Figure 1 Schematic presentation of the flow of this study.

LUAD and LUSC-Related Genes

Transcriptome profiles, somatic mutation information and the corresponding clinical data of LUAD (tumor samples, 535 cases; normal samples, 59 cases) and LUSC cases (tumor samples, 502 cases; normal samples, 49 cases) were obtained from TCGA database25 using GDC API. Normalized expression profiles for GSE72094 dataset26 comprising gene expression profile for LUAD were retrieved from gene expression omnibus (GEO). GSE72094 dataset consisted of 442 samples from LUAD patients with detailed mRNA expression data and clinical information. GSE72094 dataset was used to verify the role of ZNF143 in LUAD. DNA methylation and copy number variations (CNVs) of ZNF143 in NSCLC were explored using cBioPortal for Cancer Genomics.27 Clinicopathological characteristics of NSCLC patients included in this study were as presented in a previous study.28 COPD was defined as post-bronchodilator forced expiratory volume in 1 second (FEV1)/forced vital capacity (FVC) ratio < 0.70 based on TCGA datasets.15

Analysis of Differentially Expressed Genes (DEGs) Between Normal Tissues and COPD Tissues

DEGs were evaluated by comparing normal and COPD samples using “limma” package in R software (3.6.3) based on GSE76925 dataset. Genes were considered DEGs if they met the following criteria: 1. adjusted p-value <0.05; 2. absolute value of log2 fold change (FC) > 0.5 (COPD samples vs normal samples).

Establishment of WGCNA Co-Expression Network

WGCNA was conducted to build a co-expression network between normal samples and COPD using “WGCNA” package in R based on gene expression data profiles in GSE76925 dataset. A soft threshold of 8 was used to build a scale-free network. A cluster dendrogram and network heatmap of the genes were generated. The eigengene values of modules were determined and a clustering tree was built.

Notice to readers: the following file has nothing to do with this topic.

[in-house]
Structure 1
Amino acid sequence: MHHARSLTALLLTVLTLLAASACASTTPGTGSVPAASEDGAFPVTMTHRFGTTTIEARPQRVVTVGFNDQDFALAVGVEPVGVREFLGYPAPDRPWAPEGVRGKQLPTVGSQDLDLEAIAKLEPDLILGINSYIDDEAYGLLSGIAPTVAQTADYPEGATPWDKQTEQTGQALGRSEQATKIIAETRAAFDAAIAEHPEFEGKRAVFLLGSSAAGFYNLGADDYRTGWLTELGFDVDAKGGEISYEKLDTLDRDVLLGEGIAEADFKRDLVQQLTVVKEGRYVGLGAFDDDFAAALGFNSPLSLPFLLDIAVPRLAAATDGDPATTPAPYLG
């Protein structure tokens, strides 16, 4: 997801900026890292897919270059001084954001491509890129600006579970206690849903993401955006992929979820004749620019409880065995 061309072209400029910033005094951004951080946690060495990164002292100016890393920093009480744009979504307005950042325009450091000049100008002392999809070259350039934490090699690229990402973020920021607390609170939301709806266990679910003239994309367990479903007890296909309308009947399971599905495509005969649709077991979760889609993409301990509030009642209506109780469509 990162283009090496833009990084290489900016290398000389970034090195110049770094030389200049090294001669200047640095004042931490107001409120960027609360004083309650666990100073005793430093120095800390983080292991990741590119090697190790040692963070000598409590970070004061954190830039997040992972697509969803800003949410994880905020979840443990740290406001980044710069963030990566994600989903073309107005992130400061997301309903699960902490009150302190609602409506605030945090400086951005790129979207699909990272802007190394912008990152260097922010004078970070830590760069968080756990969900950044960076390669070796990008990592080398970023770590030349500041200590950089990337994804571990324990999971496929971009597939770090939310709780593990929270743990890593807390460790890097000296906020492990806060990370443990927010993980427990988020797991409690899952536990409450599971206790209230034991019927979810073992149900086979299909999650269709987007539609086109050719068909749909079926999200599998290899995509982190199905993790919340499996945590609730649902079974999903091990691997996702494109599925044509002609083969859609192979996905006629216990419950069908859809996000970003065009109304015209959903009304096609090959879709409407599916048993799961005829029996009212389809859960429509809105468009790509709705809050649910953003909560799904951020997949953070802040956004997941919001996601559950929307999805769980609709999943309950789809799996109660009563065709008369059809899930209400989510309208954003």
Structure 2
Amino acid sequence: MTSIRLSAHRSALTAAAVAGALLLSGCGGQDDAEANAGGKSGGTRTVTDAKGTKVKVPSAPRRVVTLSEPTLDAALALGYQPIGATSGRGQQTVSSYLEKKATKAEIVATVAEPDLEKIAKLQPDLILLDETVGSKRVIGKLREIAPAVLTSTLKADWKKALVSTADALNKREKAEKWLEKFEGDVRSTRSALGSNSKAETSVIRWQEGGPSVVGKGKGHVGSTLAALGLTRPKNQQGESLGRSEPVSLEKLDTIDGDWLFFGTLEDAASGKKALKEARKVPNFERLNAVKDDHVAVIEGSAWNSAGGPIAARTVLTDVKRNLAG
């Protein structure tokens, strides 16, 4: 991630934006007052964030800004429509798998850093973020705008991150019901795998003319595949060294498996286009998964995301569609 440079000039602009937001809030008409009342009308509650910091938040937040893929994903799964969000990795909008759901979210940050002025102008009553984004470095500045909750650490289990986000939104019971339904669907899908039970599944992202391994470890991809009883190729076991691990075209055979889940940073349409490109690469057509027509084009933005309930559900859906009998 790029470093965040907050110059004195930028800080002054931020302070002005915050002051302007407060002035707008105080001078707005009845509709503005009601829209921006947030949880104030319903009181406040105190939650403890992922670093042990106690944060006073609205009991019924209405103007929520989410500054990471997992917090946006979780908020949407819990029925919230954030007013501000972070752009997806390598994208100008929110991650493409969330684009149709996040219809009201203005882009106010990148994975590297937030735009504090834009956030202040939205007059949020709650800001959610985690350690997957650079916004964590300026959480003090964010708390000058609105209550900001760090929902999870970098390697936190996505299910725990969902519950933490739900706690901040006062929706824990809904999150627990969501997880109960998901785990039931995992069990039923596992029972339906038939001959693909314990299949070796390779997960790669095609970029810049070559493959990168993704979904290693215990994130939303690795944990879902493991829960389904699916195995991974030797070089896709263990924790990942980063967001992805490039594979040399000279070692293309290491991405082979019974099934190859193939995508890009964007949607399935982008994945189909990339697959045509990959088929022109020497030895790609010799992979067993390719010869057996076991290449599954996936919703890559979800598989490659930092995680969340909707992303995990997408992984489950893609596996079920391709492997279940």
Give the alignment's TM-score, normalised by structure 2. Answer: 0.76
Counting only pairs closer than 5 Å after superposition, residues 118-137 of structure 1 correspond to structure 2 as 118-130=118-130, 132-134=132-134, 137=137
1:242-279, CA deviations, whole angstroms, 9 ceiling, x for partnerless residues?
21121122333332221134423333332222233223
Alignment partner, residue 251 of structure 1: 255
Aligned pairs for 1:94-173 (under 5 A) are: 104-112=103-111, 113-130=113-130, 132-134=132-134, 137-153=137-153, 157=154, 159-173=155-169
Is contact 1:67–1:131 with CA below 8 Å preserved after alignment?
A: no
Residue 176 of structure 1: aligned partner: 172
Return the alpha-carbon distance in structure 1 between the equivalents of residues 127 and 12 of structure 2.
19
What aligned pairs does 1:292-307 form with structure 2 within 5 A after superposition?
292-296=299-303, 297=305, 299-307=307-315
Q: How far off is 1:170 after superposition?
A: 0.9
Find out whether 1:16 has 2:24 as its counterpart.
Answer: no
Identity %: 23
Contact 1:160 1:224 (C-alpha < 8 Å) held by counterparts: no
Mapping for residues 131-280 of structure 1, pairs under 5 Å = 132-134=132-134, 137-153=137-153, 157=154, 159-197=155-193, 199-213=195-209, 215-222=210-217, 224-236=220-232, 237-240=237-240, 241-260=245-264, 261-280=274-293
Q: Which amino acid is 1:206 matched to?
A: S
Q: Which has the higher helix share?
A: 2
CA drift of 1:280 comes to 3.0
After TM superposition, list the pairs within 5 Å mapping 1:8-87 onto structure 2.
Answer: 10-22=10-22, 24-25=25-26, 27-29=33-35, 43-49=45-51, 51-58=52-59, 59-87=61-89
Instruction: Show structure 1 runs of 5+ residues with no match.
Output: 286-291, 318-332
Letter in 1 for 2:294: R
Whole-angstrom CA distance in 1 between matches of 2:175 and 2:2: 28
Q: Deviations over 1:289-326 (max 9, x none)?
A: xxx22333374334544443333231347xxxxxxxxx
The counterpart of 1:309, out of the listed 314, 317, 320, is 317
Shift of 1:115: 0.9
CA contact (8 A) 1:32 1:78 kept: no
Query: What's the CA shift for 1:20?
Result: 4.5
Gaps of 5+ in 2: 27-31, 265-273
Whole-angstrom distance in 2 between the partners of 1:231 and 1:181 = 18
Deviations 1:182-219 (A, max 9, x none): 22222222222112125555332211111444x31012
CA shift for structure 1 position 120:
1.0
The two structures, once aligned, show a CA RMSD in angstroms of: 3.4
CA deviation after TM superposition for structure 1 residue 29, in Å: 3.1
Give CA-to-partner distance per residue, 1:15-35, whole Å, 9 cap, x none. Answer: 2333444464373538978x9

SVM-RFE Analysis

Significant COPD-related DEGs were identified by SVM-RFE algorithm using “e1071”, “kernlab” and “Caret” packages in R software based on GSE76925 dataset.

RNA Extraction and qRT-PCR Validation

Lung tissue samples were obtained from NSCLC patients who underwent surgical resection in our hospital between October 2019 and October 2020. Patients were randomly selected, and LUAD or LUSC were pathologically confirmed. Histologically normal lung tissues located >5 cm from the edge of the cancerous tissue were used as controls. Lung tissues were stored at −80C after surgical resection. Patients with lung function of FEV1/FVC<0.7 were defined as patients with lung cancer coexisting with COPD. Patients with asthma, severe systemic disease, and COPD exacerbation occurring 4 weeks before Surgery were excluded from the study. Patients who had received targeted-therapy, immunotherapy and chemotherapy and radiotherapy before the surgery were also excluded from the study. Characteristics of patients included in the study are presented in Table S1.

Total RNA was extracted from lung tissues (19 NSCLC coexisting with COPD, 28 NSCLC, and 28 controls) using TRIzol reagent according to the manufacturer’s instructions (Thermo Fisher Scientific, USA). Relative expression level of ZNF143 was determined using 2−ΔCt method (ΔCt = CtZNF143–CtGAPDH). Primers used in the study were purchased from Sangon Biotech (Shanghai, China). The primers were as follows 5′-AATCCCATCACCATCTTCCAG-3′; and 5′-CACGAGTCCTTCCACGATACC-3′ used as the forward and reverse primers, respectively, for GAPDH. In addition, 5′-TGAGTCAACAAGTTACAC-3′ and 5′-TATGGAATGCTGCCAAGT-3′ were used as the forward and reverse primers for analysis of ZNF143.

Analysis of Tumor Infiltrating Immune Cells

CIBERSORT tool was used to explore the proportions of TICs in LAUD and LUSC samples retrieved from TCGA database.29 Samples with p < 0.05 were selected for subsequent analyses.

Estimation of TMB and TIDE

TMB and TIDE are biomarkers for assessing responses to immune therapy in lung cancer.30,31 TMB for each LUAD and LUSC sample from TCGA was defined as the number of identified somatic cell mutations, with the exception of silent mutations. Clinical responses of LUAD as well as LUSC were evaluated using TIDE algorithm in TIDE database ( TMB value and TIDE prediction score were calculated as previously described.30,32